BELIZE CITY, Thurs. Mar. 30, 2017–When the Government of Belize, under the Said Musa administration, opened the telecommunications market 15 years ago to allow competition with the formerly state-owned Belize Telecommunications Limited (now Belize Telemedia Limited — BTL), there was a protracted dispute between that company, then controlled by British billionaire Michael Ashcroft, and the Musa administration.
It has been described as a very tumultuous time, marked by immensely costly telecommunications deals, including the shuffling back and forth of BTL’s ownership between Ashcroft and American Jeffery Prosser, with whom the deal fell through, and then the transfer back to Ashcroft, with whom the Government later entered into the infamous accommodation agreement in an attempt to try to figuratively bury the Intelco hatchet.
Former PUC chairman, Dr. Gilbert Canton, says accommodation agreement was contrary to what they were trying to do to liberalize telecommunications
But the result was far from a peaceful arrangement, as litigation wars ensued. Even today, the successor administration of Prime Minister Dean Barrow continues to be embroiled in multiple litigation rounds at home and overseas.
Intelco reportedly failed, because it never got interconnection. Musa had said that the reason why the Government bought back BTL from Ashcroft was because of his resistance to interconnect. Then chairman of the Public Utilities Commission (PUC), Dr. Gilbert Canton, with whom we recently spoke, recalls that there was an agreement between the parties on interconnection rates, but the arrangement never came to fruition, and after Prosser was unable to pay for BTL, Ashcroft resumed control of the company, maintaining his resistance to interconnect.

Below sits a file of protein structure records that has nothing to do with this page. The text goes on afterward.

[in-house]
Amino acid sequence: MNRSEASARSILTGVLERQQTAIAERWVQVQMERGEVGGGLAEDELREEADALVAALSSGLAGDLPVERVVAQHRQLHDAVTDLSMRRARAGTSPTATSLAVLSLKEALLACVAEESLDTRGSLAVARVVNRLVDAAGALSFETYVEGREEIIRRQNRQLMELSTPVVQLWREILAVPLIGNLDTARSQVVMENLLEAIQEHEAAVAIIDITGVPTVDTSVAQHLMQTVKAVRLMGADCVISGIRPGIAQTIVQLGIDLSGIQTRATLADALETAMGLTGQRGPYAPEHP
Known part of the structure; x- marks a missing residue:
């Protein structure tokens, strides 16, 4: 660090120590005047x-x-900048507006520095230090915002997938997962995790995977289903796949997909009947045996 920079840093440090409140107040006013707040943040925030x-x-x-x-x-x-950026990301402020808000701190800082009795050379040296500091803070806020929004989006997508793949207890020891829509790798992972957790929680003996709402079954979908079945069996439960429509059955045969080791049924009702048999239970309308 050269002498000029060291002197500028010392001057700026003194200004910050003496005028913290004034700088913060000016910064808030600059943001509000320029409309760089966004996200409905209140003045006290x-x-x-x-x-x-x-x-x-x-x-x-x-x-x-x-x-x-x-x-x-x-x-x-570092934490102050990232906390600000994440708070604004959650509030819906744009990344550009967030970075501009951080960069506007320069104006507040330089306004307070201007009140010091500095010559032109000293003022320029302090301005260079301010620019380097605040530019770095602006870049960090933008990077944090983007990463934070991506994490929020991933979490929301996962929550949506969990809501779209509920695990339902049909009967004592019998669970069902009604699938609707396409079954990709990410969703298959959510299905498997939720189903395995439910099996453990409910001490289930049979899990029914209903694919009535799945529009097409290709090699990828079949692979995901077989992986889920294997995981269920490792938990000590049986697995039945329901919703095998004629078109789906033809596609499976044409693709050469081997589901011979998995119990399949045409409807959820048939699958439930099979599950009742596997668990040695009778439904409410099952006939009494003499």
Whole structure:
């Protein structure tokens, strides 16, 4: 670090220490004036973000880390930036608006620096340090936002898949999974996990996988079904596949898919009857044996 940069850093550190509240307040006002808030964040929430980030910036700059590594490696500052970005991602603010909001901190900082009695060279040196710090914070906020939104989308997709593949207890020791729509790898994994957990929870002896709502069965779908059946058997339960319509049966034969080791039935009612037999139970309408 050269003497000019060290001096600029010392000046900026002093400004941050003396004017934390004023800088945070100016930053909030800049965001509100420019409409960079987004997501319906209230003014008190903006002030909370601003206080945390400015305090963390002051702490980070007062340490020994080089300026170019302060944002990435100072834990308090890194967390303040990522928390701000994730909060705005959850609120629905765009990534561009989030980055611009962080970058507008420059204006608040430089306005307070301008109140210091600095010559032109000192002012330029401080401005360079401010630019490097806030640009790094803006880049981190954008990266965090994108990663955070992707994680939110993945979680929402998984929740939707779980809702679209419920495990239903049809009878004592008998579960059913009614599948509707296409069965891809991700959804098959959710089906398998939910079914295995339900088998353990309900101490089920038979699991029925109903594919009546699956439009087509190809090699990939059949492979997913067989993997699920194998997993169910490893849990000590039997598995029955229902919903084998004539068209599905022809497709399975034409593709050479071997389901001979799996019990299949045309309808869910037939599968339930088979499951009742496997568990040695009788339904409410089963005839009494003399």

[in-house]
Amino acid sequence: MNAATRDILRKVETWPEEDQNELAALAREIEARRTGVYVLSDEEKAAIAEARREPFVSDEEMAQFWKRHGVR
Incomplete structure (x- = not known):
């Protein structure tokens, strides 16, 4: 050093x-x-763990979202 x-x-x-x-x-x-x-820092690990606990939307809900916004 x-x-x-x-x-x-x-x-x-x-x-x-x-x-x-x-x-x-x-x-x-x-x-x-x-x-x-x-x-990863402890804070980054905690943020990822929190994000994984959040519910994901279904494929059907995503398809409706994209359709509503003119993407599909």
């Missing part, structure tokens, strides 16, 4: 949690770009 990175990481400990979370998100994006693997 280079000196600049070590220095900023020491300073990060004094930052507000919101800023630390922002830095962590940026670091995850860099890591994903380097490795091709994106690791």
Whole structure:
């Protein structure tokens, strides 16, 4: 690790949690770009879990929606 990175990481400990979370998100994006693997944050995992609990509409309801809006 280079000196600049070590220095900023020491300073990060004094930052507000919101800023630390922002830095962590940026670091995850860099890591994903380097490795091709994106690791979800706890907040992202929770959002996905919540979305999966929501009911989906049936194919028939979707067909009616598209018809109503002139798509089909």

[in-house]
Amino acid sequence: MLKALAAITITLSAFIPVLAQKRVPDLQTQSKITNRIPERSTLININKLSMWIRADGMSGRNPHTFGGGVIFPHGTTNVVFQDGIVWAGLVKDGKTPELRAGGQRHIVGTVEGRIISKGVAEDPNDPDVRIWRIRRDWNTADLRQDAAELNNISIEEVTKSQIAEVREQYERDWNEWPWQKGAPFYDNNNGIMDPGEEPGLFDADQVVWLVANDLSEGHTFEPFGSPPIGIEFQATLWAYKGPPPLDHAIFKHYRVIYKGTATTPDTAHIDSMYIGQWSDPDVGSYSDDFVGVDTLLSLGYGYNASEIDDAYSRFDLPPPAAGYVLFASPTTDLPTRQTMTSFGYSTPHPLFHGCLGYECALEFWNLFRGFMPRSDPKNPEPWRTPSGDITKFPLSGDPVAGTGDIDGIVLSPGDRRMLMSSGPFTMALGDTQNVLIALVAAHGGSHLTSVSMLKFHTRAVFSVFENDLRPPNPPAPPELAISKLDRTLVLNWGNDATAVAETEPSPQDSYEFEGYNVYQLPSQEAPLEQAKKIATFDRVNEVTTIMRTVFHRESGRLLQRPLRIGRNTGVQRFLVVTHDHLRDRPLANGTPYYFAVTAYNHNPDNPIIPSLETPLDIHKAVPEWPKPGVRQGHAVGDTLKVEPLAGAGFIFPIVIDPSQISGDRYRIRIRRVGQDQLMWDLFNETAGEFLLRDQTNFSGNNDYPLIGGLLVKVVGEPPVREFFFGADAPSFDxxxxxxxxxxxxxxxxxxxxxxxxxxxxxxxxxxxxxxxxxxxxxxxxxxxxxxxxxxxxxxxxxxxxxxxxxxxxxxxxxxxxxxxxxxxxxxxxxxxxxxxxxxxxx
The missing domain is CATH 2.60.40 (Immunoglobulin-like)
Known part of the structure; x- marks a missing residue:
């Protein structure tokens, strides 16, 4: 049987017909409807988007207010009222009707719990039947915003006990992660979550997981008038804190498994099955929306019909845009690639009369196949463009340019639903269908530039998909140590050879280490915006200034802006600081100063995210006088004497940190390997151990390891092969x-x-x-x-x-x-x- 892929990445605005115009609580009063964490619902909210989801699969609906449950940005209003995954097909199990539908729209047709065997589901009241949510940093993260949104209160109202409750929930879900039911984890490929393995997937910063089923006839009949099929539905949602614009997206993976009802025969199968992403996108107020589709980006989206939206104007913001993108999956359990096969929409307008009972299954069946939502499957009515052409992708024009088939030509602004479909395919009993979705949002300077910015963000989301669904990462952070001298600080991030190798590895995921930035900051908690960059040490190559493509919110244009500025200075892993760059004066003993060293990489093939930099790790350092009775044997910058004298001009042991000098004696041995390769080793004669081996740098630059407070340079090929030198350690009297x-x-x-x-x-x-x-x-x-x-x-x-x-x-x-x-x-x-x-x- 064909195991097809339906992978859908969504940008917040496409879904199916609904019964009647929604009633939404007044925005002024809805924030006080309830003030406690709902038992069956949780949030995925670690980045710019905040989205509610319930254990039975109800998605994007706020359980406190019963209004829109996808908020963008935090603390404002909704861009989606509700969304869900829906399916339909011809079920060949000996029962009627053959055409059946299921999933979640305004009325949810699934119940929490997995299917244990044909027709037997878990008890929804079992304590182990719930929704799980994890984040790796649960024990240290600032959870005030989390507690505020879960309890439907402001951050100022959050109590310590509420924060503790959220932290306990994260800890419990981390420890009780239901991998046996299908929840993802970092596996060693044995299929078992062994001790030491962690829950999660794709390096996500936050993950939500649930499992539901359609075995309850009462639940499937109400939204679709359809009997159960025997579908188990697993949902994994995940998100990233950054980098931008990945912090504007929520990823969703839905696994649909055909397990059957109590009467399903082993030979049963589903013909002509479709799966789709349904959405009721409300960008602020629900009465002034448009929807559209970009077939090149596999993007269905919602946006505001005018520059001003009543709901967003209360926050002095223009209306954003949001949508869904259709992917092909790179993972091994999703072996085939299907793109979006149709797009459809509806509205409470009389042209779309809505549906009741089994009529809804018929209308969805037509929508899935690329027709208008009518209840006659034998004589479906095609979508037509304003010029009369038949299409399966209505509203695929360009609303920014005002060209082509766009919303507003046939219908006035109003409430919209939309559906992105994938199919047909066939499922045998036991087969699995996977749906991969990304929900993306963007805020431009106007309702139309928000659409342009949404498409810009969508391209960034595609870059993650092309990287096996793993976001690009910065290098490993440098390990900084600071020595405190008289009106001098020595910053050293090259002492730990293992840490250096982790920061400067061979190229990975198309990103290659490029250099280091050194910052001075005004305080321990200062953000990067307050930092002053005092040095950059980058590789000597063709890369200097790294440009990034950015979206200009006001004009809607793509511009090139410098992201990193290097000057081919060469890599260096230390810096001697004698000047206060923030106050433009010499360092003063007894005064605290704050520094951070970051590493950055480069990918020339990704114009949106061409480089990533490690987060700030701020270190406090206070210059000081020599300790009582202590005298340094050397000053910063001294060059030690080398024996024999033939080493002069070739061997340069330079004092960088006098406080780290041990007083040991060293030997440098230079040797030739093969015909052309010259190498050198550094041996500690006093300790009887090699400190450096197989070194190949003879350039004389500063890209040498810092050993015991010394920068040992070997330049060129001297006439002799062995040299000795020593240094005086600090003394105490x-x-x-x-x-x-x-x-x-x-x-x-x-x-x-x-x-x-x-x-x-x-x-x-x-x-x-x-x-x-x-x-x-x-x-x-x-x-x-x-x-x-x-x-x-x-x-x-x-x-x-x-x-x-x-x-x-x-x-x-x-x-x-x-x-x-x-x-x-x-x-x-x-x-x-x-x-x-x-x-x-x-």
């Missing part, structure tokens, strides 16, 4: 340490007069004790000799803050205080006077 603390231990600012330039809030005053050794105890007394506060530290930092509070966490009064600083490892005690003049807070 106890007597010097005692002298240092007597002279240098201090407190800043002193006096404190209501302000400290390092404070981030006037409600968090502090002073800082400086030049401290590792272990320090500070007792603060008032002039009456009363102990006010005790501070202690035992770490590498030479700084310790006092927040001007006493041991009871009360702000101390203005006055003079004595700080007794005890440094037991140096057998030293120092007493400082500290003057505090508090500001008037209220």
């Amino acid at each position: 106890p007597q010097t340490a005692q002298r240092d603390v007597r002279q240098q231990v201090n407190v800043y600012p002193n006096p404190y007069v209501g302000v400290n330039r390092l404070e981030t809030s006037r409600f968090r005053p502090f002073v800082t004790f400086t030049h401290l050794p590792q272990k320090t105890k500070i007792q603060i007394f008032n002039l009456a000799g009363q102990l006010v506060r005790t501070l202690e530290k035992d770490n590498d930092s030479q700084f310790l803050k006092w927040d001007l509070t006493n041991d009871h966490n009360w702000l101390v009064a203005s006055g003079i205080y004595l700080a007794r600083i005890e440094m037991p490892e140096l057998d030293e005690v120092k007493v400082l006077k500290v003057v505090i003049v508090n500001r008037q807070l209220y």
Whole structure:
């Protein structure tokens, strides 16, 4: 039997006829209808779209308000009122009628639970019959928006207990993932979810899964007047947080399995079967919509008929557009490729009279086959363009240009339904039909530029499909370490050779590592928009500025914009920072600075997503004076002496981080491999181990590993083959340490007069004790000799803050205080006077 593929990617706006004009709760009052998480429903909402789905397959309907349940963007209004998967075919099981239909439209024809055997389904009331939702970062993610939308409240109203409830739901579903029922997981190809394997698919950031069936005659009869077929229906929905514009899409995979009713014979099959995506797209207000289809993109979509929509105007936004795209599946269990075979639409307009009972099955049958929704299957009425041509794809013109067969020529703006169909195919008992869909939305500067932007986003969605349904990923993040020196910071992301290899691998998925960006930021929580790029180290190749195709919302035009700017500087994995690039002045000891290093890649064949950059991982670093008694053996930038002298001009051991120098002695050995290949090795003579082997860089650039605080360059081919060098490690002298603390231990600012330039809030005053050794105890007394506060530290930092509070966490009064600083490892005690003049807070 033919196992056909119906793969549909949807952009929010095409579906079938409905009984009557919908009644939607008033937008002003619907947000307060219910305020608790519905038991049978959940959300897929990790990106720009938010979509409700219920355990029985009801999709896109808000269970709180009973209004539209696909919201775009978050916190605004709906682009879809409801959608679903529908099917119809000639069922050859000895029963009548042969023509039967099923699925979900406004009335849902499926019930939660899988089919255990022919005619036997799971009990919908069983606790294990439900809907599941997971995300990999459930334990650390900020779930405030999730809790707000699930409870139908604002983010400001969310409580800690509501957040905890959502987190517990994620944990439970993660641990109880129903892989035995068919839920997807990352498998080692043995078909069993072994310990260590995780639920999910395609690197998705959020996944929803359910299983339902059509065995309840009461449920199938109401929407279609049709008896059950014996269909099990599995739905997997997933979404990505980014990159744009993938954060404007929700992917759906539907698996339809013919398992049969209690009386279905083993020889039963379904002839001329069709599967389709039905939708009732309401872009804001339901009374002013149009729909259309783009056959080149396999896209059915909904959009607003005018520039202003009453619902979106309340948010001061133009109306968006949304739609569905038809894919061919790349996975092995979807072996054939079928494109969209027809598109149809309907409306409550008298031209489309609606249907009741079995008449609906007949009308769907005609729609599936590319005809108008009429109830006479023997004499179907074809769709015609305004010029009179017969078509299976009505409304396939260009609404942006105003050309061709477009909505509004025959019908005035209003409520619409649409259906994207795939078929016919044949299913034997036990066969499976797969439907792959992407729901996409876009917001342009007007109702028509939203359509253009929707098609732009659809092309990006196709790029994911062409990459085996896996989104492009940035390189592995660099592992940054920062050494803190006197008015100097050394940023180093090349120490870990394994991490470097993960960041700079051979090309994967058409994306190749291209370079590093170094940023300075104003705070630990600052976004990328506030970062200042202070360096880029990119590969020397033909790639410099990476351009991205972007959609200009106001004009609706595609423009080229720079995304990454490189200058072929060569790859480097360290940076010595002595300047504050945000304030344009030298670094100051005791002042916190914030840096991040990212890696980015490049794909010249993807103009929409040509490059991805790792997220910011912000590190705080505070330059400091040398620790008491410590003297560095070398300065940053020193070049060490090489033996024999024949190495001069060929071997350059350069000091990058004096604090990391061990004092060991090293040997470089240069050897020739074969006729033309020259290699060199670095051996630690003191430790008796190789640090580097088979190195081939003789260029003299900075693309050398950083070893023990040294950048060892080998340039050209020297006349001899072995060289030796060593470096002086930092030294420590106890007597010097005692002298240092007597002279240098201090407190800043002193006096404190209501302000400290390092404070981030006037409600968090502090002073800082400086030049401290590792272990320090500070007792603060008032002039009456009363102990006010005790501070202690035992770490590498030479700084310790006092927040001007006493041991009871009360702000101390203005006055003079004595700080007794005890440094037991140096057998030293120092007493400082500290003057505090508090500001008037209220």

After Intelco folded, the then administration sealed the accommodation agreement with Ashcroft, arising after an agreement by Ashcroft for BTL to buy $19.2 million worth of Intelco assets.
When we spoke to Musa recently to try to get an understanding of why his Government never exercised its full authority to force interconnection, Musa said that they did try and while he said that an order was made, it appears that there was never anything in writing.
Canton, to whom Musa referred us, confirmed that there was never any formal written order. Canton went on to tell us that the accommodation agreement—which added hundreds of millions to the tab for BTL after the 2009 nationalization by the Barrow administration—was clearly contrary to the move at the time to liberalize the telecommunications market, because it offered perks to the dominant company on the market.
Ironically, Ashcroft had claimed that the reason for his refusal to interconnect with Intelco was that the playing-field was not a level one, and he called Intelco “a pension plan for the boys”—referring to Glenn D. Godfrey, the former owner of the now defunct Intelco, and key members of the then Musa administration. Ashcroft challenged an exclusive contractual arrangement between the Government and Intelco to establish a Wide Area Network—another arrangement which fell through, leaving the Government of Belize to fight even today a lawsuit from Godfrey for US$22 million and counting.